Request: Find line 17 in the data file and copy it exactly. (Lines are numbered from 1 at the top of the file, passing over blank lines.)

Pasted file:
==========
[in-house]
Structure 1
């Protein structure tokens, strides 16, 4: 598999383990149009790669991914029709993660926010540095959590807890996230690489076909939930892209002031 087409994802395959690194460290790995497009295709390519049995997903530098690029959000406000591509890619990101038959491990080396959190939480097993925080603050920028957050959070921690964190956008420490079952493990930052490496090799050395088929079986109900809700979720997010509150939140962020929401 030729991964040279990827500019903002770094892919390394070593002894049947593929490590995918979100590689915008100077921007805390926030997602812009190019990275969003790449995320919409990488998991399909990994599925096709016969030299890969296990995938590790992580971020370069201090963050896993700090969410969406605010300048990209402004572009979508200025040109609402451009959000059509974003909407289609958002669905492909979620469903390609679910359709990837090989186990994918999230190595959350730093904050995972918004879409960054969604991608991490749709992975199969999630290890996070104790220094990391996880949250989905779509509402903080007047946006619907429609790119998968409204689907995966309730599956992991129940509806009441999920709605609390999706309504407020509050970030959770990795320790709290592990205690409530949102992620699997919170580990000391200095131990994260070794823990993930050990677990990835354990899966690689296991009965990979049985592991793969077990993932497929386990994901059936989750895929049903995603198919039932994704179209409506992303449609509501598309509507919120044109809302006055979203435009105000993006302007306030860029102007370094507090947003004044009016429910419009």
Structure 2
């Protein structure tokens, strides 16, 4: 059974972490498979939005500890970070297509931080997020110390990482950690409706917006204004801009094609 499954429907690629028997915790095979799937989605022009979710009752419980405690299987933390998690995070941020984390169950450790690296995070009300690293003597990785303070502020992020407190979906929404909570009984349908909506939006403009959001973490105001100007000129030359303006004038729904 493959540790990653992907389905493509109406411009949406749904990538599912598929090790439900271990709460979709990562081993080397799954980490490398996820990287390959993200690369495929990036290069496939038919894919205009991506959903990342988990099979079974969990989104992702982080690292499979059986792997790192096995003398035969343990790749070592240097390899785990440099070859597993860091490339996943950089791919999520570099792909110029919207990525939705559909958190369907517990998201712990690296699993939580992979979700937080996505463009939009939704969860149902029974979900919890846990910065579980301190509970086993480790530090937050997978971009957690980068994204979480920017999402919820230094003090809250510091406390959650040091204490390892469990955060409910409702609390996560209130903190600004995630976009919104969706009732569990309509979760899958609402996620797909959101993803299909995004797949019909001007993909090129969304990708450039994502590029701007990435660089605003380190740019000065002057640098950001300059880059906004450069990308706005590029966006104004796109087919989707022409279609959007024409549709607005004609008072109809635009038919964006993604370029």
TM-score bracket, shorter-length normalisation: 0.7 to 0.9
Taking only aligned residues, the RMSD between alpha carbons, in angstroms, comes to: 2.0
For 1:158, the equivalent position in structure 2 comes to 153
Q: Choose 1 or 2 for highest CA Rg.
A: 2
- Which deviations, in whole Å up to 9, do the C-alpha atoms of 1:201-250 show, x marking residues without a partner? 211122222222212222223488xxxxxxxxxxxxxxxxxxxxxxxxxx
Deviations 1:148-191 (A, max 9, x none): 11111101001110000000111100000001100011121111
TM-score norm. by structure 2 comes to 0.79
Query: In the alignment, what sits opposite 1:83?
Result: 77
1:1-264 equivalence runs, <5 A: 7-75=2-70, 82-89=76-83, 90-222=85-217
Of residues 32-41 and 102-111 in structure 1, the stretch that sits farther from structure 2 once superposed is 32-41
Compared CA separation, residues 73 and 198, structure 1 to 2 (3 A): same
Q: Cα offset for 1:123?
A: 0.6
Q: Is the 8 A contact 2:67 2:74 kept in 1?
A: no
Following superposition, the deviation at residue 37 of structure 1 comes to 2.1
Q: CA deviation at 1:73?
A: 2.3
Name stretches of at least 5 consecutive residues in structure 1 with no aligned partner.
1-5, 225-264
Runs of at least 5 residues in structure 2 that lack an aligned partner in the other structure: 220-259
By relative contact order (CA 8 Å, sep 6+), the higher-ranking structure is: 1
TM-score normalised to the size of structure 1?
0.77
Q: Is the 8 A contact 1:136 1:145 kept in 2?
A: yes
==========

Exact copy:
Of residues 32-41 and 102-111 in structure 1, the stretch that sits farther from structure 2 once superposed is 32-41